(1) Abstract of the program
The program aims for early-stage implementation of innovation in aging societies through academia-industry partnership between Japanese and Swedish teams.
The program also adopts a two-phases funding scheme “stage-gate”, designed for smooth transition of projects’ research development from the preparatory Phase 1 to the long-term Phase 2 via a stage-gate evaluation process.
Phase I confirms innovation and effectiveness of ideas of solutions (e.g. innovative devices, services and community design) envisioned by both Japanese and Swedish sides. In Phase II, the confirmed solutions are tested and demonstrated in order to be deployed in an aging society.
(2) Research Period and Funding Amount (JST)
(including overhead expenses)
Max. 6.5million Yen / year
Max. 30 million Yen / year
|Number of selected projects
(5) Evaluation criteria for the stage-gate evaluation
The following criteria were considered in the evaluation process:
1) Evaluate the project’s progress towards the objectives/goals during phase 1
- Execution of the project appropriate in relation to the objectives and goals set in proposal
- Development and/or adaption of the goals and activities during phase 1
- Relevance to, and value for, the project
- Is the project developed enough so that it has a good potential to execute a demonstration during phase 2?
2) Appropriateness of the team in Phase 1
- Relevance of partners; competences, resources and abilities to advance the project
- Contributions of the partners towards to the goals
- Are they needed in order to achieve the goals?
- Balance of activities between the partners
- Is there too much reliance on the academic partners?
- Are companies and other stakeholders involved enough?
- Balance of activities between the two countries has been achieved?
3) Development, during phase 1, of the understanding of the need/challenge and the path to realize the solution in social implementation
- Development of project structure and management (to be able to progress towards a novel solution)
- Understanding of the needs and factors which need to be address in the next phase in order to progress towards a novel solution in practical use
4) Relevance of the goals in Phase 2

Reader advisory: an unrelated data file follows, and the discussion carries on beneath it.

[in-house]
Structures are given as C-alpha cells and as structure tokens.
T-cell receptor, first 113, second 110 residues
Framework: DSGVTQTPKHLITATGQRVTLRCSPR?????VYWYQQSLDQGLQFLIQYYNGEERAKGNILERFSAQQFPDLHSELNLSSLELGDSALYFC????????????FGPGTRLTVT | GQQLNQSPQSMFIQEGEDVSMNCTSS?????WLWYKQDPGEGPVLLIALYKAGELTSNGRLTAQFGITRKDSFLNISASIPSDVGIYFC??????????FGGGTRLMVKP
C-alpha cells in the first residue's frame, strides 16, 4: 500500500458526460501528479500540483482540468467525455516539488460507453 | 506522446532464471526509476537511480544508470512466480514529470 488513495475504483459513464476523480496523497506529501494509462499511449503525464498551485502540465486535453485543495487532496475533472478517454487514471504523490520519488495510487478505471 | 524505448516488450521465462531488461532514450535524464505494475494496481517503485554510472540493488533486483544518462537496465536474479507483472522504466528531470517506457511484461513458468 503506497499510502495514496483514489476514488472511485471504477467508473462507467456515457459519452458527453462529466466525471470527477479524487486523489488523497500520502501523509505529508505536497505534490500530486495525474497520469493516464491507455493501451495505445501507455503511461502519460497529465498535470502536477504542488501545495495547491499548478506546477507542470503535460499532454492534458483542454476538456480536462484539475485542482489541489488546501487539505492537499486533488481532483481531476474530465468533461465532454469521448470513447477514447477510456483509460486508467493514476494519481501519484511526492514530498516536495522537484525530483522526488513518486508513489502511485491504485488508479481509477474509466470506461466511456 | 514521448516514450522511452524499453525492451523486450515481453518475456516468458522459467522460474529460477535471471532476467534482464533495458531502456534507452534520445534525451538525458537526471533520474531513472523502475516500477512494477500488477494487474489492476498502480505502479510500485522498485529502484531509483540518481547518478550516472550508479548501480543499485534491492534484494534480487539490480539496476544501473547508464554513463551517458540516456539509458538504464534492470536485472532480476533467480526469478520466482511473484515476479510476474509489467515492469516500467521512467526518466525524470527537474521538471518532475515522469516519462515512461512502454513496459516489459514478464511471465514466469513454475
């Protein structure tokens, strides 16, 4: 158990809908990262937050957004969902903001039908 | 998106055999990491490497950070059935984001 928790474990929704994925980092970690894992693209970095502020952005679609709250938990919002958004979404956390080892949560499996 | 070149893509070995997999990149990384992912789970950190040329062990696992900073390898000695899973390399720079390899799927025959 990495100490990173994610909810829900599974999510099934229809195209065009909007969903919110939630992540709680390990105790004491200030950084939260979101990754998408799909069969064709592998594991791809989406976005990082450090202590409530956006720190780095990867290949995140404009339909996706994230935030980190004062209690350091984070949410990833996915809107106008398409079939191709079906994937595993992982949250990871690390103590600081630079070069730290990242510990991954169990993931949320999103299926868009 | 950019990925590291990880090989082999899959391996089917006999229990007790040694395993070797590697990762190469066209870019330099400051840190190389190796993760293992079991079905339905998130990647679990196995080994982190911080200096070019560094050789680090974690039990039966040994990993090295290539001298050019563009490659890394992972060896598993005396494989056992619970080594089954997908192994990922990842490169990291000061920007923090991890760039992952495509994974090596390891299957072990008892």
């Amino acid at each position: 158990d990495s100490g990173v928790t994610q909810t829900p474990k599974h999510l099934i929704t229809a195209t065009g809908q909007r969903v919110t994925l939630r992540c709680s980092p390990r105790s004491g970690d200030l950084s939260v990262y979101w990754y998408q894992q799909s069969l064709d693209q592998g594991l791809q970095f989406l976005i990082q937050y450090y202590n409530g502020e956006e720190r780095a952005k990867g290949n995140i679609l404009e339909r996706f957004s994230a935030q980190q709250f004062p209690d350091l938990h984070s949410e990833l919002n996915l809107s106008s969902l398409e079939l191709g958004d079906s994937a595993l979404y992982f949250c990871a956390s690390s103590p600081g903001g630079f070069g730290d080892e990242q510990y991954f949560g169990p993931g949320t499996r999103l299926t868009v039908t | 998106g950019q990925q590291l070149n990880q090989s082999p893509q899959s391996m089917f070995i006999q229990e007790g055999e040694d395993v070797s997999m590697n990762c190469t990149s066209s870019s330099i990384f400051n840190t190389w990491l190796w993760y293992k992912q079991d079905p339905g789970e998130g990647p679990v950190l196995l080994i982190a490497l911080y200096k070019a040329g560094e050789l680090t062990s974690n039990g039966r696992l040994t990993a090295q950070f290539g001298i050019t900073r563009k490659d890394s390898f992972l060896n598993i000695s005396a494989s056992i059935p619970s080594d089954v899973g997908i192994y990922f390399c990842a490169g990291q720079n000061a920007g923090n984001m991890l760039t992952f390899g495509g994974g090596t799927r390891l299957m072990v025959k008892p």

- Have the results and reflection from phase 1 been taken into account when developing the goals for phase 2
- Potential to reach the goals in Phase 2
- Legal, regulatory, ethical and societal constraints which may impact the goals and the project work in phase 2 and subsequent steps towards social implementation
5) Feasibility of the plan for Phase 2
- Appropriateness of the over-all approach
- Relevant activities and work packages
- Relevant milestones during phase 2
- Project partners have clear, relevant and defined roles in the execution
- The test/demonstration activities have good chances to deliver results needed to assess the potential of the solution in social implementation. Relevant set-up, setting, “test group/sample”, partners
- Faculties and infrastructure in place
6) Appropriateness of the team for Phase 2 to realize the goals. Is the proposed team suitable to realize the goals?
- Availability of required resources during Phase 2 as well as in subsequent steps
- Additional external competences, if needed (for example regulatory, IPR, trials, documentation, etcetera)
- Inclusion of “problem owners/potential customers” and users or other relevant stakeholders in the team
- Balance between the two countries and between partners in the execution of the project
- Gender balance and inclusion
7) Importance of experimental approaches for a novel solution
- This program aims at testing ways to facilitate innovations in order to solve internationally-common challenges in mature societies such as climate change, access to natural resources, energy, water and food, and poverty.
- From this viewpoint, providing widely applicable knowledge not limited to ageing society, or finding such a possibility, would be highly evaluated.